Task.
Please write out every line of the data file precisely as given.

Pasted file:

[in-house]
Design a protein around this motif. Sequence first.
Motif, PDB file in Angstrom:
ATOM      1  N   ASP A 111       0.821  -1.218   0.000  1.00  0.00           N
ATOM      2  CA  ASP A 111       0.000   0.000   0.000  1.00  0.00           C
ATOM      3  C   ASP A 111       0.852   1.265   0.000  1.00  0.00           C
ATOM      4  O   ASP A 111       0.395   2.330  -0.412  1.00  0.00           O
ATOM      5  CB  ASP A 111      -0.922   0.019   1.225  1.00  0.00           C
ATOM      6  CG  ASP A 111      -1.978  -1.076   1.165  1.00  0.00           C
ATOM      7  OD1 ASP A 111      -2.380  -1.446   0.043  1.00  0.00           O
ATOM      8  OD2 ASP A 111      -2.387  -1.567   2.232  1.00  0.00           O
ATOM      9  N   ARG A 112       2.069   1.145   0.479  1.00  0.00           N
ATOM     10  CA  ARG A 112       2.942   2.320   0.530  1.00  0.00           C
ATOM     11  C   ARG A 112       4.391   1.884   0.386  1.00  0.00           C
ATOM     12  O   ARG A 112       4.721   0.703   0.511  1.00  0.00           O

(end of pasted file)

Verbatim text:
[in-house]
Design a protein around this motif. Sequence first.
Motif, PDB file in Angstrom:
ATOM      1  N   ASP A 111       0.821  -1.218   0.000  1.00  0.00           N
ATOM      2  CA  ASP A 111       0.000   0.000   0.000  1.00  0.00           C
ATOM      3  C   ASP A 111       0.852   1.265   0.000  1.00  0.00           C
ATOM      4  O   ASP A 111       0.395   2.330  -0.412  1.00  0.00           O
ATOM      5  CB  ASP A 111      -0.922   0.019   1.225  1.00  0.00           C
ATOM      6  CG  ASP A 111      -1.978  -1.076   1.165  1.00  0.00           C
ATOM      7  OD1 ASP A 111      -2.380  -1.446   0.043  1.00  0.00           O
ATOM      8  OD2 ASP A 111      -2.387  -1.567   2.232  1.00  0.00           O
ATOM      9  N   ARG A 112       2.069   1.145   0.479  1.00  0.00           N
ATOM     10  CA  ARG A 112       2.942   2.320   0.530  1.00  0.00           C
ATOM     11  C   ARG A 112       4.391   1.884   0.386  1.00  0.00           C
ATOM     12  O   ARG A 112       4.721   0.703   0.511  1.00  0.00           O